detail - Regionalprogramm Australien und Pazifik
This portlet should not exist anymore
This year’s dialogue took place in a slightly altered, virtual format – the overarching theme of ‘Cybersecurity in Crisis Times- A Way Forward for Europe and Australia’ was addressed through three separate interactive discussion sessions with speakers from Europe and Australia.
The Covid-19 pandemic has highlighted not only the interconnectedness of the world but also the associated vulnerabilities. Even before, it has been argued that greater cooperation and multilateral engagement are necessary on a broader geopolitical level. This has been especially important for Europe, whose identity is founded in a vision of cooperation and openness, as highlighted by EU Commission President Ursula von der Leyen.
Multilateralism is seen as the only way forward:
“Effective collective action can meet the risks of disease, climate change, cyber-attacks, nuclear proliferation, and terrorism. No single country on its own can make itself secure; unilateralism is not a serious policy path. This is what global governance (not government) is all about. The form of the arrangements can and should be tailored to the threat and to those willing and able to cooperate, but there is no viable alternative to multilateralism.”
Deglobalization and Its Discontents by Richard N. Haass
This requires us to look at how we manage global interdependence, particularly in the area of cyberspace, as a politically contested space shaped by hyper-connectivity and lack of overarching global governance. The topic for the entire dialogue/discussion series hence centred around multilateral and multi-stakeholder engagement and the potential for increasing cooperation as the COVID-19 pandemic has widened the attack surface for cyber operations. While this first discussion in the series focused on global cyber norms, subsequent sessions were respectively dedicated to joint responses to large-scale cyber incidents and the EU’s toolkit as well as a discussion on emerging technologies and issues of Digital Autonomy for Australia and Europe
We were supported in the conceptualisation and organization by three experts from the Stiftung Neue Verantwortung – a Berlin think tank at the intersection of technology and society: Julia Schuetze, Alexandra Paulus and Kate Saslow who chaired these sessions
This event was held under Chatham House Rule (not open to the public). Experts were invited to these discussions as part of a selected group to allow for the opportunity to actively engage and share insights.
In regards to emerging technologies, the European Union and Australia both face common challenges in a hyper-connected, yet increasingly contested world where global networks are being leveraged for strategic advantage. As digital technologies and strategic objectives are becoming increasingly intertwined amidst heightened geopolitical competition, achieving digital sovereignty (or autonomy) has become a key objective. In this regard, the Covid-19 pandemic has only highlighted the vulnerabilities inherent in global interdependencies and intensified existing debates about greater resilience, autonomy and various forms of digital decoupling.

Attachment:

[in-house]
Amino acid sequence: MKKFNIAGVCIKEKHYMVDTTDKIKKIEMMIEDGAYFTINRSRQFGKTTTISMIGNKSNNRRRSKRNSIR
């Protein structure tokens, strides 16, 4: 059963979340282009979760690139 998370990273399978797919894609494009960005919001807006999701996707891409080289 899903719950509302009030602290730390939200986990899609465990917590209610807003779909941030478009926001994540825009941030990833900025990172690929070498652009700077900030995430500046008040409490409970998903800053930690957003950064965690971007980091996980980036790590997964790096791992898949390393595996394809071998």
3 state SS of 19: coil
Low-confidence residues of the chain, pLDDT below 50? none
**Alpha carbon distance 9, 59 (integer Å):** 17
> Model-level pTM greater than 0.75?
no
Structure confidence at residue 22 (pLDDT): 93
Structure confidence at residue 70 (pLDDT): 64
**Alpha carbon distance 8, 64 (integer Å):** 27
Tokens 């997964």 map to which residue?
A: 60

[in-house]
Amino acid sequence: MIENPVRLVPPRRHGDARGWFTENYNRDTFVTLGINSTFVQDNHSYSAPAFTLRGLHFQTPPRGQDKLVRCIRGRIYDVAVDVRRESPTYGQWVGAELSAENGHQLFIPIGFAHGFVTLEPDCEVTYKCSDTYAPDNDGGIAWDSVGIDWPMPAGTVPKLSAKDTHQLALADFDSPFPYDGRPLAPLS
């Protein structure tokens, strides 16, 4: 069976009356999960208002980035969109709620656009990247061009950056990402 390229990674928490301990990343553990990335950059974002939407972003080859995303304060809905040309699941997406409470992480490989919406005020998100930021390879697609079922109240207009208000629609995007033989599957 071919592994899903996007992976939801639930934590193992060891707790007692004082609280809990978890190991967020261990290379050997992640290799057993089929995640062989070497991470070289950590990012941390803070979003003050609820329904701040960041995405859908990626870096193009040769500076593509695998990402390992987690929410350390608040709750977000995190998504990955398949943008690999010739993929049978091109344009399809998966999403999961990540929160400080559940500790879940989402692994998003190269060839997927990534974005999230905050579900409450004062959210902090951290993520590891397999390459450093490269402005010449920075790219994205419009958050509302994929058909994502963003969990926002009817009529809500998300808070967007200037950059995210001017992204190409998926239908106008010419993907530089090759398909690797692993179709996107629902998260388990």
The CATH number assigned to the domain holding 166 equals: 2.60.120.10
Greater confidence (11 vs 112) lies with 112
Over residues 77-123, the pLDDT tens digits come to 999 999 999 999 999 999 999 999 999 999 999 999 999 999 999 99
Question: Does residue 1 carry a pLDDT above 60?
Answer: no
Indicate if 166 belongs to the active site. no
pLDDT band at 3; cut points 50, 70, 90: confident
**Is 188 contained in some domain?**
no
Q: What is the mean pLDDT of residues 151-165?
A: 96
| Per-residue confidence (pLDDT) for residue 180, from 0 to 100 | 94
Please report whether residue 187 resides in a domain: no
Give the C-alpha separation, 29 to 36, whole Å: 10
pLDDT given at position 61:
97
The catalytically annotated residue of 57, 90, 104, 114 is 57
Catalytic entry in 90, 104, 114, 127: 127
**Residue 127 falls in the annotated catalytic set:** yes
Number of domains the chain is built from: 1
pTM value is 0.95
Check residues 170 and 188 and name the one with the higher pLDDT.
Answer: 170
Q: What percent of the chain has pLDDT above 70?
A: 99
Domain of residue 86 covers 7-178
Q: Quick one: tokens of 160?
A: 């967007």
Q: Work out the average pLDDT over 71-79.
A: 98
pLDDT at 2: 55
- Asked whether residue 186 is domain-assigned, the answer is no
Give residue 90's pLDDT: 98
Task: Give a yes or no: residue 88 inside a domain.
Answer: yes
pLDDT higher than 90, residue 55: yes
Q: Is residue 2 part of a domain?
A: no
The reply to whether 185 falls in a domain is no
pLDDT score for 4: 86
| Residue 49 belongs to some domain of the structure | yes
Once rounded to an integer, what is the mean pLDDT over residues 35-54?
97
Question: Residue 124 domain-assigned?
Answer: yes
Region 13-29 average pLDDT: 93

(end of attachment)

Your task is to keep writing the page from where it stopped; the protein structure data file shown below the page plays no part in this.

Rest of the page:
While both countries/regions are well-placed to access leading research and development, technological independence remains a particular challenge for the EU as well as for Australia (and its role in the Asia-Pacific). This includes issues related to some of the core innovations of the fourth industrial revolution, such as artificial intelligence; robotics/autonomous weapons; quantum or cryptographic technologies; (global) digital supply chains; the integration of such advanced technologies in smart city infrastructure; takeovers of high-tech companies in sensitive/strategically consequential sectors.
This session addressed the most important aspects of emerging technologies for either region and how these affect their respective notions of digital sovereignty. Issues that were discussed amongst leading experts ran along the following lines of inquiry:
What exactly does digital sovereignty or autonomy mean for the European Union and for Australia? Do the two regions face similar challenges?
Are there critical thresholds for determining what constitutes technological dependence, ie what technologies can be imported?
How is the increasingly global footprint of Chinese assertions to ‘cyber sovereignty’ affecting this? In conjunction with the impact of the networked diffusion of power in digital politics?
What governance/regulatory structures need to be in place to effectively respond to these challenges?
Is there space or opportunity for greater strategic (research/regulatory) cooperation, also through international/regional fora and taskforces such as eg the nascent Global Partnership on Artificial Intelligence (GPAI)?
Input Speakers from the European and Australian side were:
Dr Samantha Hoffman, ASPI -Analyst on China's tech enhanced authoritarianism
Prof Lesley Seebeck, Prof of Cybersecurity Practice and CEO of the Cyberinstitute at the Australian National University.
Dr Stephenie Andal, Head of Strategic Policy, Cyber Security Cooperative Research Centre
Kaan Sahin - Research Fellow for Technology and Foreign Policy, German Council on Foreign Relations (DGAP) and EU Council Strategic Advisor for Cyber Diplomacy/EU Presidency at Germany’s Federal Foreign Office
Dr Ulrike Franke, policy fellow at the European Council on Foreign Relations (ECFR)